April 15, 2004 — When Vancito E. Gumbs came before the Senate Rules Committee on Thursday, he did not realize he would be the center of a heated discussion.
Gumbs, who also was celebrating his birthday, found himself in the midst of a controversy over whether he is eligible to serve on the Hospitals and Health Facilities Corp. governing board for the St. Thomas-St. John district.
After much debate, the committee voted to hold his nomination.
With that action, Gumbs became the second person proposed by the governor for a seat on the the district board to have his nomination held in committee. Clement "Cain" Magras was the first.
Gov. Charles W. Turnbull in his letter of nomination said Gumbs would replace Beverly Chongasing, the board's immediate past president, whose term had expired.
However, the Legislature's assistant legal counsel, Sharlene Rogers, said Gumbs is "ineligible" to replace Chongasing, since he is a public sector employee and she was a private sector representative on the board.
Gumbs is a part-time instructor of criminal justice at the University of the Virgin Islands and thus, Rogers said, he is considered a public employee.
The board by law has seven members. Five of the seats currently are filled, two of them by government sector representatives.
Sen. Roosevelt David, the Rules Committee chair, asked Rogers whether Gumbs could be considered an "independent contractor." She replied that under the V.I. Code he is a public employee.
"This situation is unfortunate, because Gumbs is qualified for the position," Sen. Ronald Russell, a lawyer, said. "It really is the executive branch to blame for this quandary, because it did not accept the Legislature's recommendation to reject Brooks."
His reference was to Horace Brooks, the governor's confidential assistant. Turnbull renominated Brooks for a second term on the board last year, but the Legislature rejected the nomination last April 15.
By law, members of the board serve three-years but may continue to serve after their terms expire until their successors are qualified. The governor has not submitted another nominee to replace Brooks.
Sen. Carlton Dowe said on Thursday that the Senate rejected Brooks because he had been absent from a number of hospital board meetings and was not performing as he ought.
"The governor continued to circumvent the problem by allowing Mr. Brooks to continuously serve," Dowe said. He called on Turnbull to fax a letter to the Legislature "today" saying that Gumbs will replace Brooks.
"I'll wait to see if they will fax something down," Dowe said, referring to Government House.
Sen. Louis Hill said that "the hospital deserves to have a full board with competent people who are dedicated to service."
The committee voted unanimously to hold Gumbs' nomination and to send a letter stating the assistant legal counsel's opinion to Turnbull.
Waste Management Authority board nominees OK's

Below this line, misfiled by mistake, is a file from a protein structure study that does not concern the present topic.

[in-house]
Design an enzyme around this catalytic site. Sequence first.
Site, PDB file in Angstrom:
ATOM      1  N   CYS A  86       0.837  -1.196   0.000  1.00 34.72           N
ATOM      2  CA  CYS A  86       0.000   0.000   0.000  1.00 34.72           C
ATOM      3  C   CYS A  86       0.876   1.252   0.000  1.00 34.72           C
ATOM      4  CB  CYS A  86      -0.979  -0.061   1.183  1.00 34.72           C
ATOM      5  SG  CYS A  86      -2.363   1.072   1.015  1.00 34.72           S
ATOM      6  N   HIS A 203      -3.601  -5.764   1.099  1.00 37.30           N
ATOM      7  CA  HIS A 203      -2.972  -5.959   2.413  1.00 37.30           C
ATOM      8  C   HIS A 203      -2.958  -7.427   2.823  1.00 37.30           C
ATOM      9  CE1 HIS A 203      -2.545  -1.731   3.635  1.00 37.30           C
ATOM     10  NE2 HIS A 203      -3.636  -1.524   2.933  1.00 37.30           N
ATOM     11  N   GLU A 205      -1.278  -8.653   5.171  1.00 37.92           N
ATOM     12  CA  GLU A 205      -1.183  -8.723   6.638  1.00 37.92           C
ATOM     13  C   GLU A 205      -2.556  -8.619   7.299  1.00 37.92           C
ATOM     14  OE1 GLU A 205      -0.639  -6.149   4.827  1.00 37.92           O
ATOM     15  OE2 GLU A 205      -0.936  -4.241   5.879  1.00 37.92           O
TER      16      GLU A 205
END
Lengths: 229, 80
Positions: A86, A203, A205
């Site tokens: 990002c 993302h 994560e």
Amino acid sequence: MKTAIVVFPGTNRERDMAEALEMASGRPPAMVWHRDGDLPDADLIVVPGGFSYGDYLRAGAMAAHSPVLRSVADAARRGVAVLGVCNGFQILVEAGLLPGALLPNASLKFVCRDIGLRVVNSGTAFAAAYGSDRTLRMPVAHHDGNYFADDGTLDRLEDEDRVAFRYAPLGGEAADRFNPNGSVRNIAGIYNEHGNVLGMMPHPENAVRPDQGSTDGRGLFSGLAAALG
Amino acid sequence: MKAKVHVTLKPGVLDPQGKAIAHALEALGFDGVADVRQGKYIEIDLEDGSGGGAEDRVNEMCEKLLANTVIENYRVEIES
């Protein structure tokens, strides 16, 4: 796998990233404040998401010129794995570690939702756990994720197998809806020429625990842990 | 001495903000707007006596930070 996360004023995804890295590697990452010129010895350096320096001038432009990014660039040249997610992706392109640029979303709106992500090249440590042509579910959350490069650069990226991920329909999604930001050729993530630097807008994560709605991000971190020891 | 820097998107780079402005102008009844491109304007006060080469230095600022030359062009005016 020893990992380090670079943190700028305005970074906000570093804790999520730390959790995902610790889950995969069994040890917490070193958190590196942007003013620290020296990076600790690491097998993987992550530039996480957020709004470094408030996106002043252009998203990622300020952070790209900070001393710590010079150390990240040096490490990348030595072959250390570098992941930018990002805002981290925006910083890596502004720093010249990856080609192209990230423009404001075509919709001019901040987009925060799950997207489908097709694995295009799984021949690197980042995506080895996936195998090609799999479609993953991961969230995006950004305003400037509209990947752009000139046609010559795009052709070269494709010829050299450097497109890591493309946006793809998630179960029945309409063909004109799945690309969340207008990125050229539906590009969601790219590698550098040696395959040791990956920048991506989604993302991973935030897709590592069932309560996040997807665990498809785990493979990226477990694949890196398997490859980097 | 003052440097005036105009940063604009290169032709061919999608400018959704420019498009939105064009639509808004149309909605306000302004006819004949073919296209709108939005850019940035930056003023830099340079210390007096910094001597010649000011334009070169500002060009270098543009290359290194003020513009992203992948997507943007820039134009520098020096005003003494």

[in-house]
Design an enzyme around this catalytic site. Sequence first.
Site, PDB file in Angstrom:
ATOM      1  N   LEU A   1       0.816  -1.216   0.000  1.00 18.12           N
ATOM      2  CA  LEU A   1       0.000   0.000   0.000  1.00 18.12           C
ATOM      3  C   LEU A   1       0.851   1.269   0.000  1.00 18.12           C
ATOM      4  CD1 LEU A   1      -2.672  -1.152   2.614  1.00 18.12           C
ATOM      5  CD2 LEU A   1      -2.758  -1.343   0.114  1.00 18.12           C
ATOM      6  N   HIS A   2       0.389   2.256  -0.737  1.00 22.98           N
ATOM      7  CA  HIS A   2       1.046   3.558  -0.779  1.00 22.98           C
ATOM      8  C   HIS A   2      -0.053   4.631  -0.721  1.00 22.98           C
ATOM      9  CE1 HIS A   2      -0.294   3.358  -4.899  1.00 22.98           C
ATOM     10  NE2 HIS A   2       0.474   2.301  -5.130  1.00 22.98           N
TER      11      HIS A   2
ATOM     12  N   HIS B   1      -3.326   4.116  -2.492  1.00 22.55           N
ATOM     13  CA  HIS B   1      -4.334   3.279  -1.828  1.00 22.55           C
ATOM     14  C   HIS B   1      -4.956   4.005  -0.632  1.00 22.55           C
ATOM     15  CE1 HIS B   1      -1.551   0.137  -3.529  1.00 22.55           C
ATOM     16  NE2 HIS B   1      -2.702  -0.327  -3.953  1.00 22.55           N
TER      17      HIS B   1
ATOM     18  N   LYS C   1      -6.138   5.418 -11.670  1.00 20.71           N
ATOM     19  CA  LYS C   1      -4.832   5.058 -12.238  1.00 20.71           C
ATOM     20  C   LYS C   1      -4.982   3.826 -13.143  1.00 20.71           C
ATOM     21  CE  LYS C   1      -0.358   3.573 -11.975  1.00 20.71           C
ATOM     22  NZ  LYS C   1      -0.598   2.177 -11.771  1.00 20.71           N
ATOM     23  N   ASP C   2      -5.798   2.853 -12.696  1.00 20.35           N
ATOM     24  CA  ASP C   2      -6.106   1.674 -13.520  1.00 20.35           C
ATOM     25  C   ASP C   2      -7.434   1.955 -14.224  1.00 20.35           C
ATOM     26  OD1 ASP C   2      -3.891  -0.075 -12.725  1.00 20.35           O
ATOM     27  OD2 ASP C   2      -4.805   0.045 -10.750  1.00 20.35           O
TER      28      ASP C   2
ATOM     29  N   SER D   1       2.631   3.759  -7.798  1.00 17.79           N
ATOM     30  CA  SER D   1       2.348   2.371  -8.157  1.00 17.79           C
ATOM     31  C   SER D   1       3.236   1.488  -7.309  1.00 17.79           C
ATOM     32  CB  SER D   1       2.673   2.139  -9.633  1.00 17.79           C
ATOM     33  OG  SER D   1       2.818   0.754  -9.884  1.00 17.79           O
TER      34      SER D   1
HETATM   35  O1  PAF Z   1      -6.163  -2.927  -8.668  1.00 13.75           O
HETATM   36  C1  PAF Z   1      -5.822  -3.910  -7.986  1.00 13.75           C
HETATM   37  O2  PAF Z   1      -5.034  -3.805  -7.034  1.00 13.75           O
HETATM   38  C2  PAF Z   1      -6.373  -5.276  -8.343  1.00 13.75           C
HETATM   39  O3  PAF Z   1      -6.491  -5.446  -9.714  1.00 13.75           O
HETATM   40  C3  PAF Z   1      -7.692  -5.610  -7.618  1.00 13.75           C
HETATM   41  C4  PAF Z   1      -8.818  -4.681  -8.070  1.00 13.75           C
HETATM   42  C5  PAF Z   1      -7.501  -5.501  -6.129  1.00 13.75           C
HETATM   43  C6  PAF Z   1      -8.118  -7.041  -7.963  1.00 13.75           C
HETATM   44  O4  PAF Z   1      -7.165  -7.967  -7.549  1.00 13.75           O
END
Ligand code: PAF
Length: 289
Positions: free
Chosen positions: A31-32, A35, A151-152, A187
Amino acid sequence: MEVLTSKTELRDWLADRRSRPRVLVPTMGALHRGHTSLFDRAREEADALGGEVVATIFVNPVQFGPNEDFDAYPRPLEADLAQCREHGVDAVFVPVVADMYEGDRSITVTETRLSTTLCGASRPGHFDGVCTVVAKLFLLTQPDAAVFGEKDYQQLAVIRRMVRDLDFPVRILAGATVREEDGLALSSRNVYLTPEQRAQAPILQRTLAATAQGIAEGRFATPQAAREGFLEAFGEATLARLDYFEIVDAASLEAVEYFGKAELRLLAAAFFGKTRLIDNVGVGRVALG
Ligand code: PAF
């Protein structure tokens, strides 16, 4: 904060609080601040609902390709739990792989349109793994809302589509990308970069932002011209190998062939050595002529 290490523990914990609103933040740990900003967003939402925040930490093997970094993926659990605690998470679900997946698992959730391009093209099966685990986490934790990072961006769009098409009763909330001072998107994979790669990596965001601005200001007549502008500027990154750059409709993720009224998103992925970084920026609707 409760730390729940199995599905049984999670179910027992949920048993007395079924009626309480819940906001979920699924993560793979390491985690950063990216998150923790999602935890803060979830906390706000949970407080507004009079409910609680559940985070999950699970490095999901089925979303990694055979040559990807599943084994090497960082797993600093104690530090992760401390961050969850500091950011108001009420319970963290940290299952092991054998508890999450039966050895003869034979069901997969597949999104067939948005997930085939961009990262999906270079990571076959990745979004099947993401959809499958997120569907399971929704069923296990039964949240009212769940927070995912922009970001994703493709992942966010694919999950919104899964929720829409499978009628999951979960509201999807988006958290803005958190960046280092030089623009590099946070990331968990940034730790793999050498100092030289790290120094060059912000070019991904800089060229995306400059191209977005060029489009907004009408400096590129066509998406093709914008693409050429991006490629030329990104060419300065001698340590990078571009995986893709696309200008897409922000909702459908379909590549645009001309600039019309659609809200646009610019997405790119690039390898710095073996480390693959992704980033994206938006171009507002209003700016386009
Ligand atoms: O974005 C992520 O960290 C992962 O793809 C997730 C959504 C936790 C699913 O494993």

In its other action on Thursday, the Rules Committee approved two of the governor's nominees to serve on the board of the newly enacted Waste Management Authority: Deandre Atwell and Anthon Winston Adams.
Both were well received by the committee.
"It is very difficult to sit back and see a community dying for help and do nothing," Adams said of his reason for wanting to serve on the board.
Adams, a self-employed project manager and consultant, told the committee a study should be done to assess the territory's wastewater treatment facilities, solid waste disposal sites and septic systems.
Atwell said she saw serving on the board as an "opportunity to give back something to the Virgin Islands, especially St. Croix."
Currently the president of Spectrum Group Inc., a construction firm on St. Croix, Atwell served as Public Works deputy commissioner in 1996-2000.
Atwell's nomination is for a full three-year term; Adams' is for an initial two-year term so that full terms eventually will be staggered.
On Feb. 6, Turnbull submitted to the Legislature his nominees for all four of the public seats on the board, along with his appointments of the three government representatives. His other private-sector nominees, yet to be taken up by the Senate, are St. Croix engineer Reginald George and St. John lawyer Alan D Smith.
By law, the Public Works commissioner gets one of the government seats; in addition to Commissioner Wayne Callwood, the governor appointed Keith Richards, his assistant for capital projects; and Gloria Canegata-Waterman, his assistant for St. Croix.
Hill, the prime sponsor and shepherd in the Senate of the Waste Management Authority legislation, said he was pleased with the governor's nominations of Adams and Atwell.
He told the nominees that they are "coming upon grave responsibility" in agreeing to serve on the new board "at a time where it's an emergency."
The Rules Committee unanimously approved the nominations of both Adams and Atwell. They go now to the full Senate for the confirmation vote.
All committee members were present: Sens. Lorraine Berry, Douglas Canton Jr., David, Dowe, Hill, David Jones and Russell.
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